This post was modified on the evening of March 17 to add the image-comparison slider, and to modify the language about the obverse design, which suggested a more exact replication than actually exists.
In an article by Paul Gilkes, Coin World has shared U.S. Mint mock-ups (shown above) for the 2017 palladium bullion coins. The obverse closely follows (with a few subtle differences) the classic Winged Liberty dime obverse by Adolph A. Weinman. The word LIBERTY encircles the field above the effigy, while IN.GOD / WE.TRUST is placed in the lower left field, the designer’s initials in the lower right field, and the date, 2017, below Liberty’s neck. The matte gray surface of the mockup makes it easier to see certain details that are often obscured by wear or glare on the tiny silver coins: for example, the horizontal braid under the back of Liberty’s cap, and the folds in the back of the cap’s fabric.
The reverse recreates the main design of the American Institute of Architects’ gold medal reverse, with a few interesting differences. The dramatic, left-facing eagle and the rock it stands on are essentially the same as on the medal, as is the laurel sapling. And as on the medal, the eagle appears to be using its beak and right claw to pull the laurel from the rock. (On Weinman’s similarly designed Walking Liberty half dollar reverse, the sapling is a pine, representing a young America, and the mighty eagle is protecting it. Although I haven’t found a specific reference to the symbolism on the AIA medal, it would appear that, at minimum, the eagle is unimpressed by accolades.*) Added to the original design are a raised rim and the legally mandated UNITED STATES OF AMERICA, placed above the eagle, and 1 OZ. Pd .9995 FINE / E PLURIBUS UNUM, placed below. (“Pd,” of course, is the abbreviation for “palladium.”) The final mandated element is the denomination, $25, which is placed at the far left.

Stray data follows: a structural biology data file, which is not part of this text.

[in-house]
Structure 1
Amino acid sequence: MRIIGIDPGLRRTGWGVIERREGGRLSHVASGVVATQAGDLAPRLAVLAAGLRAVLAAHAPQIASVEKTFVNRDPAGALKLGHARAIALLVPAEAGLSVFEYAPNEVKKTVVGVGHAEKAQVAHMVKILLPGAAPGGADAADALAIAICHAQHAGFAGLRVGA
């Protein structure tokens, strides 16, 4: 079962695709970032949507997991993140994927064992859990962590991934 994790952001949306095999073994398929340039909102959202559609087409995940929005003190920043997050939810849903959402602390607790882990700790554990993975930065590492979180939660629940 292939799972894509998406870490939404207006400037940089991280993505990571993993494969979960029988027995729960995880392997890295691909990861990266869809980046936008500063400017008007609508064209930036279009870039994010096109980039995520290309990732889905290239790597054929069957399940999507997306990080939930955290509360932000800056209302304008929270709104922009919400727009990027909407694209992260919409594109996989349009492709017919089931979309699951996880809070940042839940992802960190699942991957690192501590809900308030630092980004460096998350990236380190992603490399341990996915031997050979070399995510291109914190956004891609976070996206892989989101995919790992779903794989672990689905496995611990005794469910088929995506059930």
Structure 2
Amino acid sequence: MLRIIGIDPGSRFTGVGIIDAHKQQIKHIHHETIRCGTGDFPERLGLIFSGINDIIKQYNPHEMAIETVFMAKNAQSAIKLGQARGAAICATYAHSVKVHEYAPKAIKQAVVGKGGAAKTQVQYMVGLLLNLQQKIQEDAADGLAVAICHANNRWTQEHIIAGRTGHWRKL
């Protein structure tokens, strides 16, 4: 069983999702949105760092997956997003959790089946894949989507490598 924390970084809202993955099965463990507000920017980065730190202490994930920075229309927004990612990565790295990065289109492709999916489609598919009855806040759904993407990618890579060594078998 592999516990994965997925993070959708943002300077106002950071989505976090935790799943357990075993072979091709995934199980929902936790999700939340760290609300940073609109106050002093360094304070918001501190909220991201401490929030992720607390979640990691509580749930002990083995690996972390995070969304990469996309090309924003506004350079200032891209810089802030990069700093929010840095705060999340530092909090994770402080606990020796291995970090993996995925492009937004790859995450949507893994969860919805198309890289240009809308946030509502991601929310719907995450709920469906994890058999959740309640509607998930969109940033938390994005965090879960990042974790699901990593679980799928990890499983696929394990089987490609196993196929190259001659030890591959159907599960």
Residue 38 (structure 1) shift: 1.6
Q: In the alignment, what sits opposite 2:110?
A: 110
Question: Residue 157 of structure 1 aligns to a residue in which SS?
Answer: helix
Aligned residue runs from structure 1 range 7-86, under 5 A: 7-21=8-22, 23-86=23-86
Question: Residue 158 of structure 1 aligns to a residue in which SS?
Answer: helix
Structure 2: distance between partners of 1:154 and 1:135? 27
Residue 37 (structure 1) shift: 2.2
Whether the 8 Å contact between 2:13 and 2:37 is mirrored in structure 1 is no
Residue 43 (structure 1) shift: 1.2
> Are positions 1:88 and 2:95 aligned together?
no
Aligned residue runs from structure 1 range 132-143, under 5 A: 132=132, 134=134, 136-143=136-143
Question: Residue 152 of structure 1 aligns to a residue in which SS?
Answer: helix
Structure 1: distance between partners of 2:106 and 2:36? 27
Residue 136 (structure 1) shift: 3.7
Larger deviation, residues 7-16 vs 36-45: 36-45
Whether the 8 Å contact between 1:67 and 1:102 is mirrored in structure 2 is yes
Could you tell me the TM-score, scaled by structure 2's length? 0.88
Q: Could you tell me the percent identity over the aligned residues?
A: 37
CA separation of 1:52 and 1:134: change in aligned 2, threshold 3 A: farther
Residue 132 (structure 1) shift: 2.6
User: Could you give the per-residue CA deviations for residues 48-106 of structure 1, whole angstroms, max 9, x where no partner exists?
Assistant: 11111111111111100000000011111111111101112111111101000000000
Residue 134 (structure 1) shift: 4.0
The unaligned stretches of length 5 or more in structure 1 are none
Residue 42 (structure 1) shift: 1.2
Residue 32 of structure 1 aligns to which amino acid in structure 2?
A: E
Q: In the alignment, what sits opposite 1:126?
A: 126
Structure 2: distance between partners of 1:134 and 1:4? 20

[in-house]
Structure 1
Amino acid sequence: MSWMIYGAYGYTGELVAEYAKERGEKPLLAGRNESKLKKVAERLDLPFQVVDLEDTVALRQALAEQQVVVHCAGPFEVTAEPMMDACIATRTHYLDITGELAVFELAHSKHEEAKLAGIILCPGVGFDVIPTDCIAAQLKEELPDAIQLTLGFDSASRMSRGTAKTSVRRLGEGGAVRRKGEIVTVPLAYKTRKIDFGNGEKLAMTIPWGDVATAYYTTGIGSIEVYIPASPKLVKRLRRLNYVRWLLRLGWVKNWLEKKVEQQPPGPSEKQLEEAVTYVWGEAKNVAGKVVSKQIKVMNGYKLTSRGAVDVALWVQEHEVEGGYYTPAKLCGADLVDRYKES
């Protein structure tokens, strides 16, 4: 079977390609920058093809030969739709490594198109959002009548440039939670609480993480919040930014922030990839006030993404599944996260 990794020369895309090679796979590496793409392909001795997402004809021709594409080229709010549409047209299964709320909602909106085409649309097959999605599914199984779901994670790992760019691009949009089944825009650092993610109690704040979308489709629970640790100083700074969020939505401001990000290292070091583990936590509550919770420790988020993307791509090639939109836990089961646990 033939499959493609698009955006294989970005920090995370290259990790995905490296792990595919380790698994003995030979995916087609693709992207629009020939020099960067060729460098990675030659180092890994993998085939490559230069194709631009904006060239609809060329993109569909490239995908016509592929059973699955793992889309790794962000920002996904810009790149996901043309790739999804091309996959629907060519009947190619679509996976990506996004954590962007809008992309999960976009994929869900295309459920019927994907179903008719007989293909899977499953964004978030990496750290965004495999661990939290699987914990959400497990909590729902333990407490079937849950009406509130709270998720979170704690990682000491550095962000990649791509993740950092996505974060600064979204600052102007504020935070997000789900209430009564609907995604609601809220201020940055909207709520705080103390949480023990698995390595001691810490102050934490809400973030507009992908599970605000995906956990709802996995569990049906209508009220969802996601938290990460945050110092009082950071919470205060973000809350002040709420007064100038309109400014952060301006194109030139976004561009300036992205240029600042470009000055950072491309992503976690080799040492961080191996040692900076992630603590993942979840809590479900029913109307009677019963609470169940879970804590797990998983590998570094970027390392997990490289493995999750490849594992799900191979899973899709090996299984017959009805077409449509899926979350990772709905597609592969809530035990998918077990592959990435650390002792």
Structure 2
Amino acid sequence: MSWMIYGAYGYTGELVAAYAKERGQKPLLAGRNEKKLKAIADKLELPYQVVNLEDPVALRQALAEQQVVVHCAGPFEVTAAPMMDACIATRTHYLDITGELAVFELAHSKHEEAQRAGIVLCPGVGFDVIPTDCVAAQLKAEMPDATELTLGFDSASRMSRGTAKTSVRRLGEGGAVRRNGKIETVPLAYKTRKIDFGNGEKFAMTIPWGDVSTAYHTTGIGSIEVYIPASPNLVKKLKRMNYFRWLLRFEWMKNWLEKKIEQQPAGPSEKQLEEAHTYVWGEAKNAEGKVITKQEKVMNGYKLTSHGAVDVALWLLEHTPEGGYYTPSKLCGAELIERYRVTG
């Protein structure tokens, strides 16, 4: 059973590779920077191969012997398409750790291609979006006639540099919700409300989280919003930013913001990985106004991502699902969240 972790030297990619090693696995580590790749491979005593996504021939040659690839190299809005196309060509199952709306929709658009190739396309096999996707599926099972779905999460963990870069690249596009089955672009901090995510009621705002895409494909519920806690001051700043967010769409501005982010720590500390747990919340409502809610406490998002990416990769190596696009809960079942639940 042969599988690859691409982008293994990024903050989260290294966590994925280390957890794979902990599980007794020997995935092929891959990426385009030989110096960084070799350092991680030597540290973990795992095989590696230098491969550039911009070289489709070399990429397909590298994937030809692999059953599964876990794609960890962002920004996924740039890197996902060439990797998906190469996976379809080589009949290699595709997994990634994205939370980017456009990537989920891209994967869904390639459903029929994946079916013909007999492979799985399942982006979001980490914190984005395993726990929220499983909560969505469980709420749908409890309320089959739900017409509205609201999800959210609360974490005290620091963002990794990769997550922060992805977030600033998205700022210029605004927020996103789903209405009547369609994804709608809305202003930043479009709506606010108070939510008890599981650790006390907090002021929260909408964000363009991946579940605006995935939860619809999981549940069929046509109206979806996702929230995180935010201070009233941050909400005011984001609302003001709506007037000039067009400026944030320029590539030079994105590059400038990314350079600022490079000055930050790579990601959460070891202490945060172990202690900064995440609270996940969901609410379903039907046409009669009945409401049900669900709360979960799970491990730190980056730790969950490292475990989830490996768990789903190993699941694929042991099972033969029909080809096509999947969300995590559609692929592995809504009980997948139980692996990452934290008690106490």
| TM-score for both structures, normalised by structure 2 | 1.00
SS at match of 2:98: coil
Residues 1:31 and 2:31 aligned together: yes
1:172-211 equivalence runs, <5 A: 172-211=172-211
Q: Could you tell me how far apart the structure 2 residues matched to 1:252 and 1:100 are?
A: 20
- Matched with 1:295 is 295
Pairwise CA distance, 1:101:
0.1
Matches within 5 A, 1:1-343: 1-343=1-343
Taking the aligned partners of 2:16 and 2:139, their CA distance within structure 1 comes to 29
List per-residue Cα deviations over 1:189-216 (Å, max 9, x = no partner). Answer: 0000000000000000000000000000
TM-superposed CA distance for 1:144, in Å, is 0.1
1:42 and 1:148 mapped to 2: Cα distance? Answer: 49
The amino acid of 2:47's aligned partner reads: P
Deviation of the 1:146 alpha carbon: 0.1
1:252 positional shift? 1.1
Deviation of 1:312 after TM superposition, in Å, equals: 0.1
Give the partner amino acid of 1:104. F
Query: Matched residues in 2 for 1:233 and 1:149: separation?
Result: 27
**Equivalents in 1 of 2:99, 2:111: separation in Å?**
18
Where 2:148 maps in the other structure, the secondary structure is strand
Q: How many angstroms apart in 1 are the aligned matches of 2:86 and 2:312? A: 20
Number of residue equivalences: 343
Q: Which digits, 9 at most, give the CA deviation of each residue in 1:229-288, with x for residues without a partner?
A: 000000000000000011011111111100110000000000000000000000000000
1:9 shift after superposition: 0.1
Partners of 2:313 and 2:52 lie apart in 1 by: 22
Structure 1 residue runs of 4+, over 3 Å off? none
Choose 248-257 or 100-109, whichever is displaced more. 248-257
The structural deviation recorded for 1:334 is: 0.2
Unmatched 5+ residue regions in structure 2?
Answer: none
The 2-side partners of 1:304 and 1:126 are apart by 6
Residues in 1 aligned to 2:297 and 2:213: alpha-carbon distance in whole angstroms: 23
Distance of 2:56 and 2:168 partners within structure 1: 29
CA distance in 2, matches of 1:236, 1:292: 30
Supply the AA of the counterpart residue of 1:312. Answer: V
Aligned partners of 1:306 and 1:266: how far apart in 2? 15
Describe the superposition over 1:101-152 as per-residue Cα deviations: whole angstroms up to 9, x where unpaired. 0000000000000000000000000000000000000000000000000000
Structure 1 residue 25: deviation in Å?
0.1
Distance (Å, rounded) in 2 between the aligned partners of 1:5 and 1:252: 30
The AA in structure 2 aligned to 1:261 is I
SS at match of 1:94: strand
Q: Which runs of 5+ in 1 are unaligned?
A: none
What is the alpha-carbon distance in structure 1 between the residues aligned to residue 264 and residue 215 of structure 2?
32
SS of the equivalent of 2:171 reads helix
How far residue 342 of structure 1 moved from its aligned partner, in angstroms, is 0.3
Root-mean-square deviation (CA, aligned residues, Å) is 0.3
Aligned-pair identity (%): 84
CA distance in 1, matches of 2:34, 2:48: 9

The fineness, metal, and motto, which are incused, replace Weinman’s name and the date, which were raised elements on the medal. Another reversal of relief is seen in the section of the laurel below the eagle’s claw: on the medal, the base of the plant and beginning of its roots were raised, whereas on the mockup, they are recessed into the rock, along with the surrounding text. The wedge-serif typeface throughout the reverse is in keeping with the Winged Liberty dime’s original typeface, which is replicated (again, with subtle differences) on the obverse.
The Citizens Coinage Advisory Committee (CCAC) was scheduled to meet in D.C. yesterday (March 15), but inclement weather caused a postponement of the meeting and of the review of the mock-ups. The Commission of Fine Arts reviewed the Mint’s mock-ups today and kindly shared them with Mr. Gilkes. Meanwhile, the CCAC’s meeting has been rescheduled for March 21 at 10 a.m.
To read Paul Gilkes’s original article, which includes the Mint’s comments on the proposed design as well as additional information, click here. ❑
* In the comments, RSF writes, “The reverse design was commissioned for an American Institute of Architects award. It follows that the eagle is in the process of gathering building materials.” That seems quite plausible, and I wish I had thought of it myself.—Editor